- Permanent protection: Trafficked persons will be eligible for permanent residence in Canada through a special class. To meet the class, persons will:
- establish on a balance of probabilities that they have been trafficked into, within or through Canada, and
- face hardship if removed from Canada, taking into account the best interests of any child affected by such removal.
Factors to take into account in determining hardship include:
- risk of physical harm from traffickers
- risk of re-trafficking
- psychological and/or physical impacts of the experience of trafficking (including mental and physical health consequences)
- social isolation or stigmatization as a result of having been trafficked (e.g. marginalization of women who have done sex work)
- children who have been trafficked should be given permanent protection, unless it is shown that it is in the best interests of the child not to remain in Canada.
- where compelling reasons exist, arising out of the atrocious abuse suffered as a trafficked person, the applicant who expresses a desire to remain in Canada will be deemed to meet the test of hardship.
- persons who cooperate with Canadian authorities in regard to a prosecution of their traffickers are presumed to be at increased risk if removed from Canada and thus to face hardship. Cooperation means providing all information requested by the authorities except where disclosure of the information would place the trafficked person or other persons at risk of harm. The outcome of the prosecutorial process is irrelevant to the assessment of the person’s cooperation. The fact that a person chooses not to cooperate with a prosecution shall not count against the person in the evaluation of their application for permanent residence.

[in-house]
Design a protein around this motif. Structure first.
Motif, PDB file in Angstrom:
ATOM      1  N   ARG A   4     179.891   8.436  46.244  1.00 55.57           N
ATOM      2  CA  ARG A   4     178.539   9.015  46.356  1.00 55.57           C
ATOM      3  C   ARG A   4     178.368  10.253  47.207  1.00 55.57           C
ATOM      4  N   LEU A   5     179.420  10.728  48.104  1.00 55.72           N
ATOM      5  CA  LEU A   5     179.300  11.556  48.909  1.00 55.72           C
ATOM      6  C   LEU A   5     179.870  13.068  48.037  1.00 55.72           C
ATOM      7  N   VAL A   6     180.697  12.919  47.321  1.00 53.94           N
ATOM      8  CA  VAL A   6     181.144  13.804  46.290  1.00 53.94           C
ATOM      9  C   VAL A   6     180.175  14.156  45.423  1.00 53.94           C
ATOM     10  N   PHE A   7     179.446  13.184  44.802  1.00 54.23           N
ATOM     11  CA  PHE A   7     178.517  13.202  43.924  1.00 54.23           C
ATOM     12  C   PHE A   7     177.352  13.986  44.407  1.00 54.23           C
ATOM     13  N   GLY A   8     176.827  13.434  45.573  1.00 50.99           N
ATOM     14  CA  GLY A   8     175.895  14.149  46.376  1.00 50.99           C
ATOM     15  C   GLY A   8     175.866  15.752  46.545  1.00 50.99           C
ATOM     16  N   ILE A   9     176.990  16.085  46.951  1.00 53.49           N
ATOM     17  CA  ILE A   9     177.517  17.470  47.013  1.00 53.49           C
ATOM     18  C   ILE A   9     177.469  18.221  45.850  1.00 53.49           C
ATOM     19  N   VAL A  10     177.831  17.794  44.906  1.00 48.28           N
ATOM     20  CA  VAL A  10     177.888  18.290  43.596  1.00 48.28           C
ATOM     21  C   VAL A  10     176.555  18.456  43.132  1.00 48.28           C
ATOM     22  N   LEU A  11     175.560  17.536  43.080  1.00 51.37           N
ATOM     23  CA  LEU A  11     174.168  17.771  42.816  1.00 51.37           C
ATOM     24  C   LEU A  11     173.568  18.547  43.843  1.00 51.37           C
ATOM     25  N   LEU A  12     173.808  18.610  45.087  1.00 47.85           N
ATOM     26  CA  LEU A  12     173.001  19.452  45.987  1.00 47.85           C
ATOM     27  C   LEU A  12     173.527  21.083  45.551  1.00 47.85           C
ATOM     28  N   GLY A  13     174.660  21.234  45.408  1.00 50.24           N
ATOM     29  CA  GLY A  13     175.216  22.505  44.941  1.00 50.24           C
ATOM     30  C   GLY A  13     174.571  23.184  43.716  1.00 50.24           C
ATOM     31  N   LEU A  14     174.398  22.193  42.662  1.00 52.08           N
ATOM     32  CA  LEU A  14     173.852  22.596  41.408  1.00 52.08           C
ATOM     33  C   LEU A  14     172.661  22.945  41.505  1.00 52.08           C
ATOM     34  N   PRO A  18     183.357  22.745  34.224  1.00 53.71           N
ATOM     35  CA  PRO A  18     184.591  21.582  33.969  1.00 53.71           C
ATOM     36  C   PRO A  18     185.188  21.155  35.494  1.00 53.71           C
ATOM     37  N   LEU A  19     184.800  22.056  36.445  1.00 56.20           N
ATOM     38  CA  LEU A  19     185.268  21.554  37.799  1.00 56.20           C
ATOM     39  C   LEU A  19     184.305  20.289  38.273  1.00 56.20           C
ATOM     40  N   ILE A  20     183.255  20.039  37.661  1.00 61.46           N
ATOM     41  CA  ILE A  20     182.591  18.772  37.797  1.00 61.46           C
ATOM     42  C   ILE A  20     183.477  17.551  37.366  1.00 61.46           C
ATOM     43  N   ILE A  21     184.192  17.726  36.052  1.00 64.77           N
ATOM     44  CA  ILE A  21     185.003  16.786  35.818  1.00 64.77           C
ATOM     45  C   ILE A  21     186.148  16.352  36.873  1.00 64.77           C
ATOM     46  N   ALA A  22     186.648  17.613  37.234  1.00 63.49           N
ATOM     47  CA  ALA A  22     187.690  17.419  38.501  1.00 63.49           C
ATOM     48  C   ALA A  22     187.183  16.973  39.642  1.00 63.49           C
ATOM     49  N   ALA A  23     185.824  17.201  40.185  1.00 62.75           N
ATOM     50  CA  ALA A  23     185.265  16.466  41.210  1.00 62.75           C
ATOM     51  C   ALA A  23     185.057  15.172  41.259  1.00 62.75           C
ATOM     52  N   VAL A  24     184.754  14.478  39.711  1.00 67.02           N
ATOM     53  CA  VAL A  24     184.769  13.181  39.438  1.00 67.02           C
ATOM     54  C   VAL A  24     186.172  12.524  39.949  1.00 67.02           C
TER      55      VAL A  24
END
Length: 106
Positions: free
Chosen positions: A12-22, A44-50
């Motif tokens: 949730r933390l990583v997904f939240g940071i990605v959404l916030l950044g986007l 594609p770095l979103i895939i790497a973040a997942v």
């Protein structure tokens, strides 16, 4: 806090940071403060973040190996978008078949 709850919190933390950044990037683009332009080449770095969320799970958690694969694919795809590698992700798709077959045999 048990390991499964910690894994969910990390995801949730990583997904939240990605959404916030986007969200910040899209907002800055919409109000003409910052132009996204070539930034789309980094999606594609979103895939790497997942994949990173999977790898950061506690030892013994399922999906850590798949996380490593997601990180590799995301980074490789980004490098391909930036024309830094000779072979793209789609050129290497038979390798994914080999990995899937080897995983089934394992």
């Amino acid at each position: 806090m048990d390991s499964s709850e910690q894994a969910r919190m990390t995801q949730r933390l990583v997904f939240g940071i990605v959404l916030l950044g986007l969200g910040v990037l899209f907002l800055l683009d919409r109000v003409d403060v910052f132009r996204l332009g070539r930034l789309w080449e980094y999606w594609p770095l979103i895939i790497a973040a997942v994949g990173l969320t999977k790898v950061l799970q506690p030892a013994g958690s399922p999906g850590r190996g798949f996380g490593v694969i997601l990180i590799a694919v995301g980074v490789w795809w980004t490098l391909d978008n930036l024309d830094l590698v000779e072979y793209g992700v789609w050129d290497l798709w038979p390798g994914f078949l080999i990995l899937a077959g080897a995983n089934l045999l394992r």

Applicants for permanent protection will not be refused without benefit of an interview and the right to counsel.
Members of the trafficked persons class will be exempt from the Right of Permanent Residence Fee and inadmissibility bars in the same way as Protected Persons.
- Family reunification: Members of the trafficked persons class will have the right to include family members both inside Canada and outside Canada, as do Protected Persons.
- Non-prosecution of offences: Amend s. 133 to protect trafficked persons from prosecution for offences related to entry into Canada (as currently for refugees).
- Detention: Amend Regulations s. 245 (flight risk) and s. 249 (special considerations for minor children) to remove reference to trafficking connection as a factor in favour of detention.